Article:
Task lighting is essential. In addition to overhead and "up" lights, it's generally a good idea to have task lights to direct light precisely where it's needed, for reading, cooking, and hobbies. To reduce glare, get a fixture with a shielded bulb -- or position the light so the bulb is out of your line of sight.

If you like to read in bed but worry about keeping your partner awake, consider a dual light fixture placed above the center of the headboard. By allowing light to be directed only toward your side of the bed, such a fixture often works better than having one lamp on either side of the bed. Make sure the shade is opaque, so that light does not illuminate other parts of the bedroom.

Backup lights can help keep you safe. To cope with power outages, one flashlight is good, but more is better. "Ideally, you want several LED flashlights," says Rizzo. "They're longer-lived than flashlights with incandescent bulbs." It's also a good idea to have battery-powered emergency lights.

Nightlights can help -- sometimes. It's best to sleep in total darkness, experts say, because light exposure can limit your body's synthesis of the sleep hormone melatonin. If you wake up at night and need to get out of bed, it helps to have some strategically placed warm-color nightlights -- but the light they give off should be dim. You might have one by your bedroom door, another by the toilet, one in the hallway, etc. Your goal should be to see well enough to avoid hazards, without having to turn on a bright light. Exposure to bright light at night can make it hard for you to fall back asleep.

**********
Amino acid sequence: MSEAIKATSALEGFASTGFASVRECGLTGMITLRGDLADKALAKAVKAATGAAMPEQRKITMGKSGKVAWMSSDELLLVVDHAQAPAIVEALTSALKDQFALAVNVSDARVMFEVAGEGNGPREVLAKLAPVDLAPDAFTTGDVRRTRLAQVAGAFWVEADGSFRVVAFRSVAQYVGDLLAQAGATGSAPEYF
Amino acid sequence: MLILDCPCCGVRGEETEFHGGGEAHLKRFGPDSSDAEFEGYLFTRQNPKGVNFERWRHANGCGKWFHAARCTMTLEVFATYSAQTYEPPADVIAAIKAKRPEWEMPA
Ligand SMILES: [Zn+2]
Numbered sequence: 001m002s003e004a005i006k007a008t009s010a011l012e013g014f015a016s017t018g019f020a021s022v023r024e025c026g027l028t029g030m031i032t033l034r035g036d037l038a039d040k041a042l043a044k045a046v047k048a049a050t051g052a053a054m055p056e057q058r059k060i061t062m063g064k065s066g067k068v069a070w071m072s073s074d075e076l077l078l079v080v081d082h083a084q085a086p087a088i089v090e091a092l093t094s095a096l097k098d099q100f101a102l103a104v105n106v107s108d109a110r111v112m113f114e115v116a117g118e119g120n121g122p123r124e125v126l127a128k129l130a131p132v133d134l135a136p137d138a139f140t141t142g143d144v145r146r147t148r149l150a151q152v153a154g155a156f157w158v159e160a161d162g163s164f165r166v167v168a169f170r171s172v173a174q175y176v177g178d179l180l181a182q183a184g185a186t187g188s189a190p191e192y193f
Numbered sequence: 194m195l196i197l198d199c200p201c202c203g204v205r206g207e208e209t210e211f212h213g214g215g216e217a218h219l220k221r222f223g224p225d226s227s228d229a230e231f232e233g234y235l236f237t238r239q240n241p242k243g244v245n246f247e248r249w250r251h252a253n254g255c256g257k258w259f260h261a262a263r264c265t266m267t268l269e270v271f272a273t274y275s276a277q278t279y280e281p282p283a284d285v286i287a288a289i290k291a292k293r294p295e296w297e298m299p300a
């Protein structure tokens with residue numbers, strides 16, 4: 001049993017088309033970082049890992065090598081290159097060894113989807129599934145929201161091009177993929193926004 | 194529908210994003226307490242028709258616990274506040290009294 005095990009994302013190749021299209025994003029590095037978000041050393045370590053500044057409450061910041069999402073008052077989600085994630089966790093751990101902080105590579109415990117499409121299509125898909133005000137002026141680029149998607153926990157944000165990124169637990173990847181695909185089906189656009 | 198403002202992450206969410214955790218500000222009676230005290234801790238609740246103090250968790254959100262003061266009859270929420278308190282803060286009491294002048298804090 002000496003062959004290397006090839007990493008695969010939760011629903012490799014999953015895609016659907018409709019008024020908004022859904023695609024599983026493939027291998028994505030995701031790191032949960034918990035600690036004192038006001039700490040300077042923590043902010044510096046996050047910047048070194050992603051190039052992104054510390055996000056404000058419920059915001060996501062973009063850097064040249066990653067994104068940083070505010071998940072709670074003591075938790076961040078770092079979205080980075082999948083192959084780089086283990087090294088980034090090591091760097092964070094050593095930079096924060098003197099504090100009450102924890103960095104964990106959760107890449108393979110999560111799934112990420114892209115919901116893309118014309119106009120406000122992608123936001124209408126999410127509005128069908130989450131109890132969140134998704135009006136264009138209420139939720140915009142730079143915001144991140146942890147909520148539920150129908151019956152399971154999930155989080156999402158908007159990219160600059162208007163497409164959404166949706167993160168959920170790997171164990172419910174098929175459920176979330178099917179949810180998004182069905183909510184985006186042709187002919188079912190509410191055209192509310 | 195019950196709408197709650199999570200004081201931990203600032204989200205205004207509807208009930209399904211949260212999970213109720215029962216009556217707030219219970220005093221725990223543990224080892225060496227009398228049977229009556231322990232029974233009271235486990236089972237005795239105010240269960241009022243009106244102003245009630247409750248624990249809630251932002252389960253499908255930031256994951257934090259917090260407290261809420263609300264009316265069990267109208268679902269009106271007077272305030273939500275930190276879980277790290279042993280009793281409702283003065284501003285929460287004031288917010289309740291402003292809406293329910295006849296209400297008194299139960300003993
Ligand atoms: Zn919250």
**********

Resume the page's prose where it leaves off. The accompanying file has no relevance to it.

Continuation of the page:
For outdoor security lighting, less is often more. A very bright outdoor light may make you feel safe from assailants, but experts say that it can actually compromise your safety. How? By interfering with your night vision. Better to have a dim light -- say, a 25- to 40-watt incandescent bulb -- so your eyes are able to make things out in dark areas in your yard, where an assailant might be hiding. Make sure the bulb is shielded, so glare is not a problem.

Motion-activated lights can help prevent burglaries, but be aware that pets and other animals as well as burglars can set them off. Exterior stairs and other potential hazards should be illuminated at night.

In the not-too-distant future, light-emitting diode (LED) lights may supplant incandescents and CFLs. LED bulbs consume less energy even than fluorescent bulbs. But for now, LEDs are considered too costly for widespread residential use.

What if you've tried CFLs and found their light too dim? The Lighting Research Center recommends using the "Rule of Three" when buying CFLs: to get the same brightness as an incandescent, buy a CFL that's rated at one-third the wattage (not one-fourth, as some have suggested). To replace a 60-watt incandescent, for example, you would get a 20-watt compact fluorescent light bulb.

Show Sources


Patricia Rizzo, design program manager, Lighting Research Center of Rensselaer Polytechnic Institute, Troy, N.Y.

Jane Grosslight, author, Energy-Efficient Daylighting and Electric Lighting Techniques.

Doreen Le May Madden, owner, Lux Lighting Design, Belmont, Mass.